My last two posts on this blog have sought to explain how I built a foundation from which analysis of gun violence is possible. The first post discussed some of the analytic problems created by the country’s traditional focus on murder, and the second post showed how data transparency in New Orleans can be used to advance an analytic agenda.
This foundation can now be used to look at both the “what” and the “why” behind changes in gun violence in New Orleans. It has been well advertised that murder in New Orleans dropped approximately 20 percent in 2013, but not much ink has been spilled on analyzing why murder went down. Most of the expert “analysis” of 2013’s decline in murder either claims overall gun violence did not decline or gives credit to new medical techniques learned in Iraq and Afghanistan since 2001 but apparently only first implemented in 2013.
Adding to the foundation of the first two posts by truly analyzing why murder fell in 2013, therefore, is the goal of this post.
Conducting this analysis is important because it highlights how it takes just a little bit of work on the back end to develop a system from which the city’s transparency can be used to accurately assess the city’s policies. Rather than relying on a sense of analytic helplessness, reviewing 2013’s murder reduction proves how analysis of publicly available data can help answer important questions about the city’s anti-gun violence efforts.
After this post I’ll take a look at what happened in 2014, and then I will discuss in a subsequent post what may be causing murder to rise in 2015. This will allow ongoing analysis of gun violence trends in New Orleans in near real time.
But first let’s take a look at what happened in 2013.
NOLA Gun Violence in 2013
The bottom line of analyzing New Orleans gun violence in 2013 is that there is a strong relationship between the specific city tactics implemented from late 2012 through the end of 2013 and the nearly 20 percent reduction in shootings in 2013.
The city’s success against gun violence in 2013 is typically noted by pointing out how the number of murders fell from 193 in 2012 to 156 in 2013. As I have previously argued, murder is a bad statistic for measuring gun violence and evaluating the effectiveness of the city’s programs. Eschewing murder and applying the data collection and analysis method laid out in the last post shows a pretty clear reduction in New Orleans gun violence in 2013 no matter how you slice it.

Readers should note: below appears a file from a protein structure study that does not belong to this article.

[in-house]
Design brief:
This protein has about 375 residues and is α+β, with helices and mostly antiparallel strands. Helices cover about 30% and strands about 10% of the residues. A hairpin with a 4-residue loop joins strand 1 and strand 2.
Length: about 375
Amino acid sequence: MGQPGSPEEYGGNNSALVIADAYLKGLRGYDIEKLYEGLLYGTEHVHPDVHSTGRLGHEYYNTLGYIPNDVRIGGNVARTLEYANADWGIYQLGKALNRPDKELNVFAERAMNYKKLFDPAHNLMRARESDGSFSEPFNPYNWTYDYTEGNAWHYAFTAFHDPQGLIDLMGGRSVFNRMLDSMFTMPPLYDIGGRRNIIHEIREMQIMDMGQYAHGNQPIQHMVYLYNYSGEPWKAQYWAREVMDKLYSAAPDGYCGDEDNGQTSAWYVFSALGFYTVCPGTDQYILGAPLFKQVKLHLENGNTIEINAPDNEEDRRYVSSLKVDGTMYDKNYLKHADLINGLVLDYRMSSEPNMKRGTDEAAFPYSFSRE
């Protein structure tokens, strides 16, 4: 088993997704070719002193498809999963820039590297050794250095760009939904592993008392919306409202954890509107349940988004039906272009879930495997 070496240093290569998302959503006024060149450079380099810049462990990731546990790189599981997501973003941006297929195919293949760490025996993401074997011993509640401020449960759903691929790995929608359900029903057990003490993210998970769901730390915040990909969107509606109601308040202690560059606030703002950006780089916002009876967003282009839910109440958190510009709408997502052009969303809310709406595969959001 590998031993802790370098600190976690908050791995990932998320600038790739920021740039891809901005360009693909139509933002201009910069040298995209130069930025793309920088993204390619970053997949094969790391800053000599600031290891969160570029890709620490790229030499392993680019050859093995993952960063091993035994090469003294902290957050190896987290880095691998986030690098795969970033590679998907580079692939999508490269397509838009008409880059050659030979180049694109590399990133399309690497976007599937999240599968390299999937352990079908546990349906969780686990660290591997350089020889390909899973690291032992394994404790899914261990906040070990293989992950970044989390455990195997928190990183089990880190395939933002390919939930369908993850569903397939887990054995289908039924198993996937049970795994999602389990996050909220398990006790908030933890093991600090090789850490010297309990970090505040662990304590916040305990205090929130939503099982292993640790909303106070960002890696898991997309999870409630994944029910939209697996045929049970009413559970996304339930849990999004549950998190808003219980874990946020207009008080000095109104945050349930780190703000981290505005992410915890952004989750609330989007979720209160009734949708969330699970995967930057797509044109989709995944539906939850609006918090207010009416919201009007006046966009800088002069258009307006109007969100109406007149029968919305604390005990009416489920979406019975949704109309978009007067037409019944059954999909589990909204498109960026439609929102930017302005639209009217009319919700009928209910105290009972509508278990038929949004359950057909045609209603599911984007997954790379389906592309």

The below table shows changes in gun violence incidents (rather than victims) from 2011 through 2013 broken down by non-fatal incidents, fatal incidents and total shooting incidents. As noted in the previous post, these incident totals are not perfect but they do provide a good representation of the overall trends.
This table shows how, in addition to the roughly 20 percent reduction in murders, New Orleans experienced nearly a 16 percent drop in non-fatal shooting incidents, a 22.5 percent drop in fatal shooting incidents, and an 18 percent drop in overall gun violence incidents. This is good data, but those numbers by themselves don’t provide any context into why gun violence decreased and whether it was the result of the city’s strategies or some alternative explanation.
The above table shows what happened in 2013, but to understand why gun violence fell in 2013 it is necessary to take a closer look into the city’s gun violence reduction program: NOLA for Life.
NOLA for Life is a “comprehensive murder reduction program” implemented by the city in May 2012, with various aspects phased in over the ensuing year. NOLA for Life has over 30 initiatives listed on its website, but this analysis focuses on the impact of the two primary anti-gang tactics employed by the city: the “call-in” and the gang indictment. These two tactics make up the backbone of the city’s Group Violence Reduction Strategy (GVRS), which has been credited with reducing murder in the city.
The call-in is a community forum conceptualized by David Kennedy of the John Jay College of Criminal Justice. These events are described as:
A meeting during which a partnership of law enforcement representatives, influential community members, and social service providers speak directly to members of street groups (usually those on probation or parole). The [cities] use the meeting to deliver the strategy’s no-violence message to group members and, through them, back to their associates. During the call-in, the [city] partnership clearly communicates (1) a credible, moral message against violence; (2) a credible law enforcement message about the group consequences of further violence; and (3) a genuine offer of help for those who want it.